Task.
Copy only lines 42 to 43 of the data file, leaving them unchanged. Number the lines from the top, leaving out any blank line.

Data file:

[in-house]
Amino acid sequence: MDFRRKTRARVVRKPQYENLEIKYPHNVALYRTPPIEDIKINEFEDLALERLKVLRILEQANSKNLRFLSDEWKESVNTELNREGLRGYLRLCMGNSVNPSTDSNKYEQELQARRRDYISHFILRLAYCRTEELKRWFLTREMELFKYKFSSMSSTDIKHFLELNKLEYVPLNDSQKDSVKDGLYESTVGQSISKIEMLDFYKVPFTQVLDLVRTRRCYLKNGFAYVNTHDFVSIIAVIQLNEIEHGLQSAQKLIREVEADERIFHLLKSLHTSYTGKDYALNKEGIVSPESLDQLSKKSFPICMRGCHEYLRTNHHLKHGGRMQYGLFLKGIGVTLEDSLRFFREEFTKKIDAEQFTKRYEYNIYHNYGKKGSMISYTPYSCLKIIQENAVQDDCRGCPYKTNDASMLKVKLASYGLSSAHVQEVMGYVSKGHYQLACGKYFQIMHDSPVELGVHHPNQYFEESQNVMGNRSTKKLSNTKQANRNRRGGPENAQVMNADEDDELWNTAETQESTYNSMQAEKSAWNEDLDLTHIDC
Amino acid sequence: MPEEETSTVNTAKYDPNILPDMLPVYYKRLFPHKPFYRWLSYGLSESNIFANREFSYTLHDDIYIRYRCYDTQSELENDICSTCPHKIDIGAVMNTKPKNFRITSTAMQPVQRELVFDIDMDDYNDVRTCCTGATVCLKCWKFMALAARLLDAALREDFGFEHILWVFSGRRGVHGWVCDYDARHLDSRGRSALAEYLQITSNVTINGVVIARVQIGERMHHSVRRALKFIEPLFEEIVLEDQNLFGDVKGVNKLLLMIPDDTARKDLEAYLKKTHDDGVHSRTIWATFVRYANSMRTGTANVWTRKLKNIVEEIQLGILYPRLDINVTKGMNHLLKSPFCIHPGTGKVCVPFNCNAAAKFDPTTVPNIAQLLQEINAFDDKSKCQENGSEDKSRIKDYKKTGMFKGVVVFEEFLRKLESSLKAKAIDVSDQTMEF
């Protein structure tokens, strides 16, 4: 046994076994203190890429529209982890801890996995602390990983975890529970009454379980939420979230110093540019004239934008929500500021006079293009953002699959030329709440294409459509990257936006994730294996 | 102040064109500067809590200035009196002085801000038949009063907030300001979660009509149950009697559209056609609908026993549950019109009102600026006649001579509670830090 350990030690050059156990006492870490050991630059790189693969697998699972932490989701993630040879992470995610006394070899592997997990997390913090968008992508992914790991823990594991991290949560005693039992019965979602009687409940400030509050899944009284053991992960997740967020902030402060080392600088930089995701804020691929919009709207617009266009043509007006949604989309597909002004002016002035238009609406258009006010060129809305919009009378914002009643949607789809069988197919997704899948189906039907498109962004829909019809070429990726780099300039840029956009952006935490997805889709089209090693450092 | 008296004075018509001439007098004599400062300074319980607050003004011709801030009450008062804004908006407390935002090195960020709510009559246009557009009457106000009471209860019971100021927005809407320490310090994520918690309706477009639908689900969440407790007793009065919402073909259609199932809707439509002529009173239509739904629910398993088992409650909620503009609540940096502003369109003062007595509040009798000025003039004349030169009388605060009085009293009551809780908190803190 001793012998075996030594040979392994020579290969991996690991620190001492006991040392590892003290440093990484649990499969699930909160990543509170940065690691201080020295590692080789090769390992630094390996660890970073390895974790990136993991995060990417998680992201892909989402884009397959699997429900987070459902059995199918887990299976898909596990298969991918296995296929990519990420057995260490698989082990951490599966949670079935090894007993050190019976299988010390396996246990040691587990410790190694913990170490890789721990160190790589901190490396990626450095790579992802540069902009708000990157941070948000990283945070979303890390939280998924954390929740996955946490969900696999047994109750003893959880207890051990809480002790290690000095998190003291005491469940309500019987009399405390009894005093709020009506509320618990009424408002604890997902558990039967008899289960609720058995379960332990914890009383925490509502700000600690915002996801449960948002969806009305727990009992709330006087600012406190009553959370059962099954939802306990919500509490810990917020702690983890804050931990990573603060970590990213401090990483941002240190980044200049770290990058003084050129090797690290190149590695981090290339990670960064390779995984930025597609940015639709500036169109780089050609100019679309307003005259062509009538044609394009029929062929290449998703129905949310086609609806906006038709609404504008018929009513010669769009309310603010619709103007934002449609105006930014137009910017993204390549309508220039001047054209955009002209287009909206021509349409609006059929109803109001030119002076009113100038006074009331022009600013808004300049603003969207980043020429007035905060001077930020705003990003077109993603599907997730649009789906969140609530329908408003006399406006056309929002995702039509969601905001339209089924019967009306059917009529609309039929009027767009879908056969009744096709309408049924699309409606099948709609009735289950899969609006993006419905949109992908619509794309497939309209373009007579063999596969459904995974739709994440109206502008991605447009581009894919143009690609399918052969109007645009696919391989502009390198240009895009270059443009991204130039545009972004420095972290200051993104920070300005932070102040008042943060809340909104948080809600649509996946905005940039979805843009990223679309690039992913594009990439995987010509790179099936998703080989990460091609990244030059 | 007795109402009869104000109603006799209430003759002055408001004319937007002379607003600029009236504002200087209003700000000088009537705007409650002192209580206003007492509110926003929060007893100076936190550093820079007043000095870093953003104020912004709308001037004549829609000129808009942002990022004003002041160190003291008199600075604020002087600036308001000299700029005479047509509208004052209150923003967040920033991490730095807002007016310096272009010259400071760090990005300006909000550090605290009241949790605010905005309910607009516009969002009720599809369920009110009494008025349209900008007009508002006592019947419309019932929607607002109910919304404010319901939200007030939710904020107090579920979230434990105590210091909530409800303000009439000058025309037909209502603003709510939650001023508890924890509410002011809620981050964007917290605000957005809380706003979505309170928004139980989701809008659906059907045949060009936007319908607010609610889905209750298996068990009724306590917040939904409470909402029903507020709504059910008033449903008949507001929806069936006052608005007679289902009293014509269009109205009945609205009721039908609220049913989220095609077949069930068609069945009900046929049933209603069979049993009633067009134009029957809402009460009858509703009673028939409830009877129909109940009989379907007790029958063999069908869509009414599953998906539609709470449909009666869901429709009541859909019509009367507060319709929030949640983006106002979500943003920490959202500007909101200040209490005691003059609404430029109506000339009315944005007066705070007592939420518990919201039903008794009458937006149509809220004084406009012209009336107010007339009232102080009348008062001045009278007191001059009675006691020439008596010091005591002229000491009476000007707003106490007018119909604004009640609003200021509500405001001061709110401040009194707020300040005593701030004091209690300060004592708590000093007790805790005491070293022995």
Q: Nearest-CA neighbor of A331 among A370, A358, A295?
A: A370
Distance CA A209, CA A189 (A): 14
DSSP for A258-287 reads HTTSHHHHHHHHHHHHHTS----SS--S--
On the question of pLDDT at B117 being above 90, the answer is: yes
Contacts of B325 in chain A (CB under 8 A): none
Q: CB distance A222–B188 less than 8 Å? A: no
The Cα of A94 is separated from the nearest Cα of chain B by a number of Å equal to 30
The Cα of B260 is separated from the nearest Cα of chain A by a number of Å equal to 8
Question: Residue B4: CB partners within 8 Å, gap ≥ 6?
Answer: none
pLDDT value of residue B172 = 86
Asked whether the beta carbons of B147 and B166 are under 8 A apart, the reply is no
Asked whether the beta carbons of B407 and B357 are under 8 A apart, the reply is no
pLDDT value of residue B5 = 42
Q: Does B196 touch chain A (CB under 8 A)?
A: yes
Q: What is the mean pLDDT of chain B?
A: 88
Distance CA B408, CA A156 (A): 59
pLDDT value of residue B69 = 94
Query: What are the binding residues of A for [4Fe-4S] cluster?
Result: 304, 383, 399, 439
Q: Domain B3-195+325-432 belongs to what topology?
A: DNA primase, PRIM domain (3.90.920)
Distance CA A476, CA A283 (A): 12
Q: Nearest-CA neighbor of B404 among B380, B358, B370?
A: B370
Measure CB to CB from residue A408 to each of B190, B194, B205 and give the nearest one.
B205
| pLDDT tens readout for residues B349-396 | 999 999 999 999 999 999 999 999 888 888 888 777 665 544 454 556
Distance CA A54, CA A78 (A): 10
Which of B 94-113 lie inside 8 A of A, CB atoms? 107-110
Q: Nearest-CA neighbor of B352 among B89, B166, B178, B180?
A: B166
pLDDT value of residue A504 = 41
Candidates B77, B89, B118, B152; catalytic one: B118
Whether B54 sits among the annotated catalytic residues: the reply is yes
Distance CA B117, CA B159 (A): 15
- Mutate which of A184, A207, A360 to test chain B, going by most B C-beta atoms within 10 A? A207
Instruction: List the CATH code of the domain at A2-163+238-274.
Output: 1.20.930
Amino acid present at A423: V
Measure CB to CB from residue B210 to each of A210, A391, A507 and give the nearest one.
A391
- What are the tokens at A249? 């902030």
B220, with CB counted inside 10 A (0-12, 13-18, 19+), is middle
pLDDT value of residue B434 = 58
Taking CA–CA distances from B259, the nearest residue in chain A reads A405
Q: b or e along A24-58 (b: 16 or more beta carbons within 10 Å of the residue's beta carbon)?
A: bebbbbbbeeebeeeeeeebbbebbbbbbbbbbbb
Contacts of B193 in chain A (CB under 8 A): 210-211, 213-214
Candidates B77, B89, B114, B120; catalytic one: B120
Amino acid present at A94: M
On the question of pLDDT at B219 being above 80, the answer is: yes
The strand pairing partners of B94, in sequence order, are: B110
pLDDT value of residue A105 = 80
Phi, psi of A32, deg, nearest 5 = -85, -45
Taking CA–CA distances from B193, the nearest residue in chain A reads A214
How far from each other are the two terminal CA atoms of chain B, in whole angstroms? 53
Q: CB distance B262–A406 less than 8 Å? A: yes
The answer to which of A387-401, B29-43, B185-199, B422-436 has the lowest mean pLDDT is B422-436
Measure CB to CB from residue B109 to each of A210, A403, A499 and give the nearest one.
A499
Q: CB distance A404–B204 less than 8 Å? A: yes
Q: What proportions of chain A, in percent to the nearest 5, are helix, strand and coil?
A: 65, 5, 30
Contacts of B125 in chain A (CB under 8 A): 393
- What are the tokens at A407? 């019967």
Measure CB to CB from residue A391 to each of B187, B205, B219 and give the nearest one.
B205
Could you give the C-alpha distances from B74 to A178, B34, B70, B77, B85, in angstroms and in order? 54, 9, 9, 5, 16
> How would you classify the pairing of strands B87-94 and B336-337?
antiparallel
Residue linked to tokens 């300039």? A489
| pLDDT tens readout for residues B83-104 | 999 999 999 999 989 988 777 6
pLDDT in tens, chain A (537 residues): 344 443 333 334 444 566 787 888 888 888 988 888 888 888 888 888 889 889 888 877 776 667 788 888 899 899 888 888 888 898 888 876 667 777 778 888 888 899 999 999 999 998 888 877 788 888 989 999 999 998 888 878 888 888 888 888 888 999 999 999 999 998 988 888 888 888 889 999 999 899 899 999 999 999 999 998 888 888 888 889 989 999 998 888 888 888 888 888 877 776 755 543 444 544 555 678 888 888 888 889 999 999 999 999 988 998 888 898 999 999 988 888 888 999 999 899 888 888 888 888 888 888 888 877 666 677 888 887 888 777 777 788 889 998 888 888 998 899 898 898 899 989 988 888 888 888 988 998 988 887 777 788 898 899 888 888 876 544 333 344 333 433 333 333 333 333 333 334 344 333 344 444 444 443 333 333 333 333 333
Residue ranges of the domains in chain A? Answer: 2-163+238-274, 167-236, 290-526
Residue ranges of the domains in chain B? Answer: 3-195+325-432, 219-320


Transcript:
Whether B54 sits among the annotated catalytic residues: the reply is yes
Distance CA B117, CA B159 (A): 15